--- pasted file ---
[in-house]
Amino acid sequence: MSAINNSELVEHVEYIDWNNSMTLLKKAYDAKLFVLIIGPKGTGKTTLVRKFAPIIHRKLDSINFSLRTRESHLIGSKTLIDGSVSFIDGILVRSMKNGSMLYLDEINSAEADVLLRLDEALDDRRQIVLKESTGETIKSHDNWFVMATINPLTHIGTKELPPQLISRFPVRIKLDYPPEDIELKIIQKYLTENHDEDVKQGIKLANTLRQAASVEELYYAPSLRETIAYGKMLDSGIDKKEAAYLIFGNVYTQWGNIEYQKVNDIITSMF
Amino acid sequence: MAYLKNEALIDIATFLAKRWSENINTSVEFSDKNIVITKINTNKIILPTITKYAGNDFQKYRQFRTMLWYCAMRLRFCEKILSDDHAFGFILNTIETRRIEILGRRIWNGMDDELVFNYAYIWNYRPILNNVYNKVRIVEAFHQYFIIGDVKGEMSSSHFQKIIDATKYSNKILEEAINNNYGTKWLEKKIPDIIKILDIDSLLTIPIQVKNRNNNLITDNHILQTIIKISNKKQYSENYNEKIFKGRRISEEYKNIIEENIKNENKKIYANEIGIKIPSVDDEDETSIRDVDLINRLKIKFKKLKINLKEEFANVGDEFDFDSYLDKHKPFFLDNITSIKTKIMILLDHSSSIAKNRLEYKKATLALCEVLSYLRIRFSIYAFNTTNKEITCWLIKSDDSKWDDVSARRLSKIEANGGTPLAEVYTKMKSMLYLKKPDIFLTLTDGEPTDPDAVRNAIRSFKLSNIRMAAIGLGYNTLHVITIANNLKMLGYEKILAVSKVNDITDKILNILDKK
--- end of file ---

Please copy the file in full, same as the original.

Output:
[in-house]
Amino acid sequence: MSAINNSELVEHVEYIDWNNSMTLLKKAYDAKLFVLIIGPKGTGKTTLVRKFAPIIHRKLDSINFSLRTRESHLIGSKTLIDGSVSFIDGILVRSMKNGSMLYLDEINSAEADVLLRLDEALDDRRQIVLKESTGETIKSHDNWFVMATINPLTHIGTKELPPQLISRFPVRIKLDYPPEDIELKIIQKYLTENHDEDVKQGIKLANTLRQAASVEELYYAPSLRETIAYGKMLDSGIDKKEAAYLIFGNVYTQWGNIEYQKVNDIITSMF
Amino acid sequence: MAYLKNEALIDIATFLAKRWSENINTSVEFSDKNIVITKINTNKIILPTITKYAGNDFQKYRQFRTMLWYCAMRLRFCEKILSDDHAFGFILNTIETRRIEILGRRIWNGMDDELVFNYAYIWNYRPILNNVYNKVRIVEAFHQYFIIGDVKGEMSSSHFQKIIDATKYSNKILEEAINNNYGTKWLEKKIPDIIKILDIDSLLTIPIQVKNRNNNLITDNHILQTIIKISNKKQYSENYNEKIFKGRRISEEYKNIIEENIKNENKKIYANEIGIKIPSVDDEDETSIRDVDLINRLKIKFKKLKINLKEEFANVGDEFDFDSYLDKHKPFFLDNITSIKTKIMILLDHSSSIAKNRLEYKKATLALCEVLSYLRIRFSIYAFNTTNKEITCWLIKSDDSKWDDVSARRLSKIEANGGTPLAEVYTKMKSMLYLKKPDIFLTLTDGEPTDPDAVRNAIRSFKLSNIRMAAIGLGYNTLHVITIANNLKMLGYEKILAVSKVNDITDKILNILDKK